Why am I working with roots in (very wet) peatlands, you ask? Maybe because although peatlands only cover 3% of the lands surface, they store twice as much carbon as the world’s forests, maybe because drained peatlands only make up 6% of agriculturally used land in Germany, but are responsible for 99% of the CO2 emissions from agricultural soils. Or maybe because re-wetting peatlands may help reducing carbon emissions, and because roots, which are a large part of plant biomass and production, are responsible for the peat in these temperate fens, and thus key players in the carbon cycling? Yes, all of the above, but also because it is also a lot of fun!
After two weeks of intense fieldwork, we had very sore muscles and very dirty clothes but also experienced this blissful happiness that you get from tiring days out in the field. Everything worked out, there were no major injuries (to plants or people), and it even seems like each of the roughly 3000 little bags was put into the right place – that is just an awesome feeling!
With that, I wish you all a very happy Christmas break, and a Happy New Year!
“If a tree falls in a forest and no one is around to hear it, does it make a sound?” was a philosophical question posed by George Berkeley to explore various concepts relating to perception; is a sound only a sound if someone hears it, how much can we truly know about the unobserved world and so forth. I’m not looking to start a metaphysics debate (honestly!) but, for me, the answer is decidedly ‘yes, it does’. At least that’s the case if you happen to have an acoustic recorder somewhere in the vicinity of said tree when it falls. Continue reading “InSite/Out with Richard Beason: If a tree falls in the forest and no one hears it… it does make a sound!”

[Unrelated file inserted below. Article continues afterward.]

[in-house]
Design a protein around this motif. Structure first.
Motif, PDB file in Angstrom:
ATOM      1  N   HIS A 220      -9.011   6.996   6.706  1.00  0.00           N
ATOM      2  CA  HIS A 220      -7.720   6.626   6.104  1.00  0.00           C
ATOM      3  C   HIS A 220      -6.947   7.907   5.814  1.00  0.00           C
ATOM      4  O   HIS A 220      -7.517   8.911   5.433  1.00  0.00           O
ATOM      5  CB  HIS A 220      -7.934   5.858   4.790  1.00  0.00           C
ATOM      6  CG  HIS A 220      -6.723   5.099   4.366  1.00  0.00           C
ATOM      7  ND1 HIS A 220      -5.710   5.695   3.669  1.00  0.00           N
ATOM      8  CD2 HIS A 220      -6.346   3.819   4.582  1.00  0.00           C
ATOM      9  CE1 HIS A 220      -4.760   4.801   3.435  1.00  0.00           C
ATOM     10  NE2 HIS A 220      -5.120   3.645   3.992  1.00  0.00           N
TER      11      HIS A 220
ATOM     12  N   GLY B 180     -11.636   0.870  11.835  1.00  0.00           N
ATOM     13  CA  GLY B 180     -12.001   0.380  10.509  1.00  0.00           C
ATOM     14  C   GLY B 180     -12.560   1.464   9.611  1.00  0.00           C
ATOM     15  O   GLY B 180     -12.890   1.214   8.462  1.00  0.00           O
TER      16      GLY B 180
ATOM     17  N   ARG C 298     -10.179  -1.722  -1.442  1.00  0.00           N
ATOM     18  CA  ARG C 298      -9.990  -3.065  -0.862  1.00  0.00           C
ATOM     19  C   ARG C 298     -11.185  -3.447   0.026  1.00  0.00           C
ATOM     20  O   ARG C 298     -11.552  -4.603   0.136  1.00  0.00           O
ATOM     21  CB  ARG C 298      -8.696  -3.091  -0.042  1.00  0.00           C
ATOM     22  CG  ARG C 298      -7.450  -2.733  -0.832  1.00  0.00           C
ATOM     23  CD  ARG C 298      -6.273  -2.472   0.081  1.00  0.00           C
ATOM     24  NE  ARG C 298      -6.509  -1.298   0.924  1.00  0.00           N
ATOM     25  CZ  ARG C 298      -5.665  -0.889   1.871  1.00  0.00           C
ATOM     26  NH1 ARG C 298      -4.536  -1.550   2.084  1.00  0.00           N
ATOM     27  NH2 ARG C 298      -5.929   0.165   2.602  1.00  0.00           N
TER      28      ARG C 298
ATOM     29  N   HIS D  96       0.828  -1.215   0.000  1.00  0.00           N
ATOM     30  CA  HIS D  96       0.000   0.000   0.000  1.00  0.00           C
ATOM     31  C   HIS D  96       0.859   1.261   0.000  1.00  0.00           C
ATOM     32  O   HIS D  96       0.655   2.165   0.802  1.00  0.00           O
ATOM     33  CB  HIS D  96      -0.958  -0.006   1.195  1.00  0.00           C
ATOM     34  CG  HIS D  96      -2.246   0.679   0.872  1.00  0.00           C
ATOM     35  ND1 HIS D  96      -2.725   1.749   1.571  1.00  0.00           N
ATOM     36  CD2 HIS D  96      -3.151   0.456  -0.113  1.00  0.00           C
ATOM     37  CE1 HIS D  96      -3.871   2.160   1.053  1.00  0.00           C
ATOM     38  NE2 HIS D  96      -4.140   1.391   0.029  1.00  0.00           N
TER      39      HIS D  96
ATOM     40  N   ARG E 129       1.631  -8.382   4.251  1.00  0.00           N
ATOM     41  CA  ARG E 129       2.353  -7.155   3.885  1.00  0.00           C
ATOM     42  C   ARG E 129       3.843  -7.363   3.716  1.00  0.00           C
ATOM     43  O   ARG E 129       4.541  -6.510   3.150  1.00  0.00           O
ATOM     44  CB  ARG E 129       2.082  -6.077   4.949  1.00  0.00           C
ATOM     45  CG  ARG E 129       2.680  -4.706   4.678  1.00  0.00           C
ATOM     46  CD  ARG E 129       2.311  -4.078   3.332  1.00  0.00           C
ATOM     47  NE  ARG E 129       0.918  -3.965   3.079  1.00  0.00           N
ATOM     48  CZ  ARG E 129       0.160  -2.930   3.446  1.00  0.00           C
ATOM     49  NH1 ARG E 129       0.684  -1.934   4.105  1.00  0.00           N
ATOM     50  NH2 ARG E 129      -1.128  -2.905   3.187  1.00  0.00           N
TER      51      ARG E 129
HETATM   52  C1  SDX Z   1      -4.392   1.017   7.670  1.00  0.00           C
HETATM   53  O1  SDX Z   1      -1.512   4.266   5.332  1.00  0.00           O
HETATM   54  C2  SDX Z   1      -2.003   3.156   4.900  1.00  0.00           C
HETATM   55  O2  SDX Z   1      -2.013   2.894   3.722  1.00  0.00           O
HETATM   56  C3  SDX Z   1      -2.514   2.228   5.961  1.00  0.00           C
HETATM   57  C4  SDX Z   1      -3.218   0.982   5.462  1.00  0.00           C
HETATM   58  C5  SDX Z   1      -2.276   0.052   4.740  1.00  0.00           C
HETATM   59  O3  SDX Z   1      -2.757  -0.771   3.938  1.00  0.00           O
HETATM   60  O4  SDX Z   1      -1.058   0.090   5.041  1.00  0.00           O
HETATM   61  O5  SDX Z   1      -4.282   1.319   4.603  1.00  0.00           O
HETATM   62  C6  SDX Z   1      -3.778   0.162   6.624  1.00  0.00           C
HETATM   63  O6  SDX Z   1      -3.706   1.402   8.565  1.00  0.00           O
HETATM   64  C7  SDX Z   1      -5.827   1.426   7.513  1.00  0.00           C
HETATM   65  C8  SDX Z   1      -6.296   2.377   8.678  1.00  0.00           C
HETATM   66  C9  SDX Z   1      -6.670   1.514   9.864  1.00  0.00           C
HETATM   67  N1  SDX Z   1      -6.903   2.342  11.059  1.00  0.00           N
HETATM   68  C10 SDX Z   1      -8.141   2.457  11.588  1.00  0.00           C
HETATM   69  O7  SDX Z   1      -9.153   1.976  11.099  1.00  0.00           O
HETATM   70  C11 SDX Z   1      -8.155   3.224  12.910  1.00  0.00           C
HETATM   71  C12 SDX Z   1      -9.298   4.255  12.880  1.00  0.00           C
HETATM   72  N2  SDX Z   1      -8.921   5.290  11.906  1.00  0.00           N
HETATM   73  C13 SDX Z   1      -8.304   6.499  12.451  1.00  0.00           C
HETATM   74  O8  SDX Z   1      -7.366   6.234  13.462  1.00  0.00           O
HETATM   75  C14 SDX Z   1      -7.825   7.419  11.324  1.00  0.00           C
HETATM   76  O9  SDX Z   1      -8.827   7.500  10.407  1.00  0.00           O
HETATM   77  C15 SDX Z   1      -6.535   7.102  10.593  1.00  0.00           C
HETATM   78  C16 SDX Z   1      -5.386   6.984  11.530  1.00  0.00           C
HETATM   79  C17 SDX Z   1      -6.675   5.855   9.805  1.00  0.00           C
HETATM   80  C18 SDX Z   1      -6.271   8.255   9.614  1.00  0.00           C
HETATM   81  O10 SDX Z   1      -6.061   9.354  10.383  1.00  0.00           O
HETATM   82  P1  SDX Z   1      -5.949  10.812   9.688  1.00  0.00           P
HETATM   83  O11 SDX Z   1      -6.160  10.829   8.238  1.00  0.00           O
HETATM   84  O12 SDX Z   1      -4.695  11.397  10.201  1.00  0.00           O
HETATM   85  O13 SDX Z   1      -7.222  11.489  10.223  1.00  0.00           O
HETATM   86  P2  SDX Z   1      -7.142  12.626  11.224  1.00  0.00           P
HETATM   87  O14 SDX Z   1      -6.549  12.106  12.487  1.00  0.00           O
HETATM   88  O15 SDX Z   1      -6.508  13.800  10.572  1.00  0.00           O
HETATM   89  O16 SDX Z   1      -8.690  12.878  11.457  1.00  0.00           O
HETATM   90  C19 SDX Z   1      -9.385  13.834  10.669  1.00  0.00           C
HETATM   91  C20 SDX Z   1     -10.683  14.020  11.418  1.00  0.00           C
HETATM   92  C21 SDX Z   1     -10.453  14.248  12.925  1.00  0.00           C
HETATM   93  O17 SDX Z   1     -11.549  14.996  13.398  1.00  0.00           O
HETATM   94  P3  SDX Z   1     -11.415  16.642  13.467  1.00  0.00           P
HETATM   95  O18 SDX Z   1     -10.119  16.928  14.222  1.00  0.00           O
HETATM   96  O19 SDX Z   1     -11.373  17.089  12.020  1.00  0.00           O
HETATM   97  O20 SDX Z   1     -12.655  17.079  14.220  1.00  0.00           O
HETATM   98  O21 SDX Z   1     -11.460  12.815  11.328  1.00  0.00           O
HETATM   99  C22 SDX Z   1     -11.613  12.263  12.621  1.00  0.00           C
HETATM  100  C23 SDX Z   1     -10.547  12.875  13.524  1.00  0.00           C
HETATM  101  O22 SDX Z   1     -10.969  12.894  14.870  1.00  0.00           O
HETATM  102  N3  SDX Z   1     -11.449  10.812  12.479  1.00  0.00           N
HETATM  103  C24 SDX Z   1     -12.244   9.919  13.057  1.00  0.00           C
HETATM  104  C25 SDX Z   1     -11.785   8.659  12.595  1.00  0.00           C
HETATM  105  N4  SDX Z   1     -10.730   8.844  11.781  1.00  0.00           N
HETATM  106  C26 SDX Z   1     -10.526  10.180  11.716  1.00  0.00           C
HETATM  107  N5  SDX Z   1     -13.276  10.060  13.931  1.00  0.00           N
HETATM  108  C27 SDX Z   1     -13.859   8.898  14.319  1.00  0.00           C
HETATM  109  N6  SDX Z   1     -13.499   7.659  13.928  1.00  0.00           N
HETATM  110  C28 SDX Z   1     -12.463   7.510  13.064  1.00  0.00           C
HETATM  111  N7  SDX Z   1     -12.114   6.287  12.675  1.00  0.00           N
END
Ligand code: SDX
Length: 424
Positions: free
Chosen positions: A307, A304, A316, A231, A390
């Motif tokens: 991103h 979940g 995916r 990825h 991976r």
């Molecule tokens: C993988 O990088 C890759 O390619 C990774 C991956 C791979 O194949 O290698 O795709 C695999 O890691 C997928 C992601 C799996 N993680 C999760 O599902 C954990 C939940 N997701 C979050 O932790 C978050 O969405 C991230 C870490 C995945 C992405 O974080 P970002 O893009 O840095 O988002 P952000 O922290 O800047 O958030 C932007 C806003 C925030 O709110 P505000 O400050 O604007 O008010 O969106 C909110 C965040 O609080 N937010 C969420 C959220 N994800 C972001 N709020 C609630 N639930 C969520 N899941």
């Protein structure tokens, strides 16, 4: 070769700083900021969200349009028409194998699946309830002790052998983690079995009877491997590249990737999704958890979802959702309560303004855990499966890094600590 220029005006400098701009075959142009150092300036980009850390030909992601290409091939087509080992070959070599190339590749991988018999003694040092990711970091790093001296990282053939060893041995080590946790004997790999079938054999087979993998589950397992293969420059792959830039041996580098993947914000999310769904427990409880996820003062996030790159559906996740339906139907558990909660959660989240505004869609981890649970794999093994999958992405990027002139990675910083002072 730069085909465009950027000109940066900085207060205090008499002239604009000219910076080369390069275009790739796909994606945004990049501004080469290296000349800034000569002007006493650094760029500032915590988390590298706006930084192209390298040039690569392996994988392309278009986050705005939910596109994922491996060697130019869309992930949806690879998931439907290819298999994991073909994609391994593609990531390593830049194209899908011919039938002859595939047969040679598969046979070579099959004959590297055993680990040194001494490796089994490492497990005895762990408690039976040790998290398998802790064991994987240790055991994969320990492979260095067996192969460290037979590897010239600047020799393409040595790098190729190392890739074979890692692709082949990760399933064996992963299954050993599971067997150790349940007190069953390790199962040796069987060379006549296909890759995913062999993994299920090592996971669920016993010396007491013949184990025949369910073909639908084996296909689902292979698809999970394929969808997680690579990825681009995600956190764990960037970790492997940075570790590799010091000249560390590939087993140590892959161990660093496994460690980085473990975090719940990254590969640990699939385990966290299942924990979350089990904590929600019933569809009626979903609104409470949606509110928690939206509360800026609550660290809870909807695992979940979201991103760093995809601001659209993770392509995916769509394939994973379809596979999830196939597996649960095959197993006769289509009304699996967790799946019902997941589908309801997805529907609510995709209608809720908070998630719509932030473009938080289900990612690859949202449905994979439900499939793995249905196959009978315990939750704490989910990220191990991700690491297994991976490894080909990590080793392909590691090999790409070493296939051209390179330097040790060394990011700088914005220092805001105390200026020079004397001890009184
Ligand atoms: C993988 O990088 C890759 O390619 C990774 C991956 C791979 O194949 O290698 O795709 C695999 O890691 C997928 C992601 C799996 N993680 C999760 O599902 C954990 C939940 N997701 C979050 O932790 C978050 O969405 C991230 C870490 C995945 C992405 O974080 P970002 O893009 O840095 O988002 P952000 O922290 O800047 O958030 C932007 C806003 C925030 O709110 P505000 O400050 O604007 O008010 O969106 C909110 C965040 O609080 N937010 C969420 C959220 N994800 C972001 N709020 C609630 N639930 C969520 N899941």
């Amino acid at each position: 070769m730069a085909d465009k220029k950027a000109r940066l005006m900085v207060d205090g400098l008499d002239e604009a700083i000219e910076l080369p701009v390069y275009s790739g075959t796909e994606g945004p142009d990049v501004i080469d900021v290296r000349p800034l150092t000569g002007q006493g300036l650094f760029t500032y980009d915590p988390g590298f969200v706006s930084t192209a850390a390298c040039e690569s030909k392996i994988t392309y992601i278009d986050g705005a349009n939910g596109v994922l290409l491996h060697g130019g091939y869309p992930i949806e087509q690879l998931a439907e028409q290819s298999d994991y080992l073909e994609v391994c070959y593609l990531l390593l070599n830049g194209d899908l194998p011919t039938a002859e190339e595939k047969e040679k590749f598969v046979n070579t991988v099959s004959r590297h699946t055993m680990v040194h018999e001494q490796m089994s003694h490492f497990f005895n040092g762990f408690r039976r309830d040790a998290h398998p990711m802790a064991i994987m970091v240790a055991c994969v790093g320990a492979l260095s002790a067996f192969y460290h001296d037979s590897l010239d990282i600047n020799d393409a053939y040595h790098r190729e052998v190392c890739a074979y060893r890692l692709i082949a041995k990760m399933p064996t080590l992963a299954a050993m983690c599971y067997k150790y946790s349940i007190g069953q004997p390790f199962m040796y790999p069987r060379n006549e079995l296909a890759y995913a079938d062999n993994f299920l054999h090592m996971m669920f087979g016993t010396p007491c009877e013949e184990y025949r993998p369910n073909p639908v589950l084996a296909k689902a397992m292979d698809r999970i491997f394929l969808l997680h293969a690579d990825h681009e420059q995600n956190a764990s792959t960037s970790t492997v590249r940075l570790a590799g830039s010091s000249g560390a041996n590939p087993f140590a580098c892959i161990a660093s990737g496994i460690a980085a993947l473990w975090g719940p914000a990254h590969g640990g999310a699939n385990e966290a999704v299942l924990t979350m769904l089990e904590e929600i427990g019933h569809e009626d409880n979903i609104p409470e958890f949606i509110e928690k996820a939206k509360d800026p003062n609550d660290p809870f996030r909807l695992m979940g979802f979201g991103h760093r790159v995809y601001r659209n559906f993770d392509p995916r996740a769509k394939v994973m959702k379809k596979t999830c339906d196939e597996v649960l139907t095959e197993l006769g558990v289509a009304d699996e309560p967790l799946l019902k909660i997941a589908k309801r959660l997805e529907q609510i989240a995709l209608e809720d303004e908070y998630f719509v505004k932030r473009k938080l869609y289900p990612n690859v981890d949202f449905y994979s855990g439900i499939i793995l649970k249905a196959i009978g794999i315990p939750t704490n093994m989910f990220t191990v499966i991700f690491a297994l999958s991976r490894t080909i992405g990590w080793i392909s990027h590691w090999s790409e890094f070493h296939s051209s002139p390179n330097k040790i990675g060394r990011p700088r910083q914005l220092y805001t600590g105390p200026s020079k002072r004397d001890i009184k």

One of the Insite/out bloggers had to unfortunately leave us. In Richard Beason we, however, have found a very worthy replacement. Richard will join the team which now consists of himself, Tracy, Gesche, and Rob. I hope you will continue reading their blogs, and give Richard a warm welcome. Below is a little introduction about Richard and his writing plans; looking forward to his posts.
It’s late July, the alpine meadows of the Swiss Alps are in full bloom, and the heat of the summer sun drives a deep sweet smell from the litter of the spruce forest floor as we start our walk up. My friend and colleague Mark leads the way as we move up the tour de Mont Blanc from la Fouly in the Valais, heading for our research site at ~2500m. There, the sun has given rise to abundant flowers, rich meadows, the buzzing of insect and bird life, but still works hard at melting the last of last of the snow. As we reach the site, we are greeted with the familiar, but always astounding, mixture of snowbeds, ridges, meadows, flush wetland, pools and screes of this dynamic and fantastic environment (see picture). Continue reading “InSite/Out with Rob Mills: Making the most of summer snow”
“The fine roots of perennial plants are a royal pain to study”. Continue reading “InSite/Out with Gesche Blume-Werry: A royal pain”